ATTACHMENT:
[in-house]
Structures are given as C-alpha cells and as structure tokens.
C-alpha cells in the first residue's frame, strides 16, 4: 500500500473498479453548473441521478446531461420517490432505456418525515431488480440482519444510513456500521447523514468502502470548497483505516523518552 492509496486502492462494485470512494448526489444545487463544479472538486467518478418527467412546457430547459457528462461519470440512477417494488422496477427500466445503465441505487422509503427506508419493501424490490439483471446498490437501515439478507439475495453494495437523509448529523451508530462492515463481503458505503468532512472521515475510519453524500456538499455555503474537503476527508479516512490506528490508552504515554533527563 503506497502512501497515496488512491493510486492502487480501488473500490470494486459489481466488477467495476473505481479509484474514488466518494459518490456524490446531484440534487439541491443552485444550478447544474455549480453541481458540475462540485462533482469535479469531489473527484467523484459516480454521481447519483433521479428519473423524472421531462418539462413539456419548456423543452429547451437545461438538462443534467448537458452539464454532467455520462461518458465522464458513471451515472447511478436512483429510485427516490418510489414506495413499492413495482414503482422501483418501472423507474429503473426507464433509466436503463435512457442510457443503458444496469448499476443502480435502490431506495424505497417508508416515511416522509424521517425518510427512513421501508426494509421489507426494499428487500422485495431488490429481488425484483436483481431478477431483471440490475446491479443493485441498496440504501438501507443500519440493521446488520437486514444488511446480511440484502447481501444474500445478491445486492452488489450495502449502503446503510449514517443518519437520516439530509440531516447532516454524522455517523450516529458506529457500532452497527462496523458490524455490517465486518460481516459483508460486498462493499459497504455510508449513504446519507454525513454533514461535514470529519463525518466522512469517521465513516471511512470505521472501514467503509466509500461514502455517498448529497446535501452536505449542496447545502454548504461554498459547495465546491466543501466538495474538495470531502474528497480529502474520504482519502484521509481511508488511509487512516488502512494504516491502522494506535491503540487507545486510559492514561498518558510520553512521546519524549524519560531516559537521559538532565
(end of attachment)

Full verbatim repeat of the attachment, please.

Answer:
[in-house]
Structures are given as C-alpha cells and as structure tokens.
C-alpha cells in the first residue's frame, strides 16, 4: 500500500473498479453548473441521478446531461420517490432505456418525515431488480440482519444510513456500521447523514468502502470548497483505516523518552 492509496486502492462494485470512494448526489444545487463544479472538486467518478418527467412546457430547459457528462461519470440512477417494488422496477427500466445503465441505487422509503427506508419493501424490490439483471446498490437501515439478507439475495453494495437523509448529523451508530462492515463481503458505503468532512472521515475510519453524500456538499455555503474537503476527508479516512490506528490508552504515554533527563 503506497502512501497515496488512491493510486492502487480501488473500490470494486459489481466488477467495476473505481479509484474514488466518494459518490456524490446531484440534487439541491443552485444550478447544474455549480453541481458540475462540485462533482469535479469531489473527484467523484459516480454521481447519483433521479428519473423524472421531462418539462413539456419548456423543452429547451437545461438538462443534467448537458452539464454532467455520462461518458465522464458513471451515472447511478436512483429510485427516490418510489414506495413499492413495482414503482422501483418501472423507474429503473426507464433509466436503463435512457442510457443503458444496469448499476443502480435502490431506495424505497417508508416515511416522509424521517425518510427512513421501508426494509421489507426494499428487500422485495431488490429481488425484483436483481431478477431483471440490475446491479443493485441498496440504501438501507443500519440493521446488520437486514444488511446480511440484502447481501444474500445478491445486492452488489450495502449502503446503510449514517443518519437520516439530509440531516447532516454524522455517523450516529458506529457500532452497527462496523458490524455490517465486518460481516459483508460486498462493499459497504455510508449513504446519507454525513454533514461535514470529519463525518466522512469517521465513516471511512470505521472501514467503509466509500461514502455517498448529497446535501452536505449542496447545502454548504461554498459547495465546491466543501466538495474538495470531502474528497480529502474520504482519502484521509481511508488511509487512516488502512494504516491502522494506535491503540487507545486510559492514561498518558510520553512521546519524549524519560531516559537521559538532565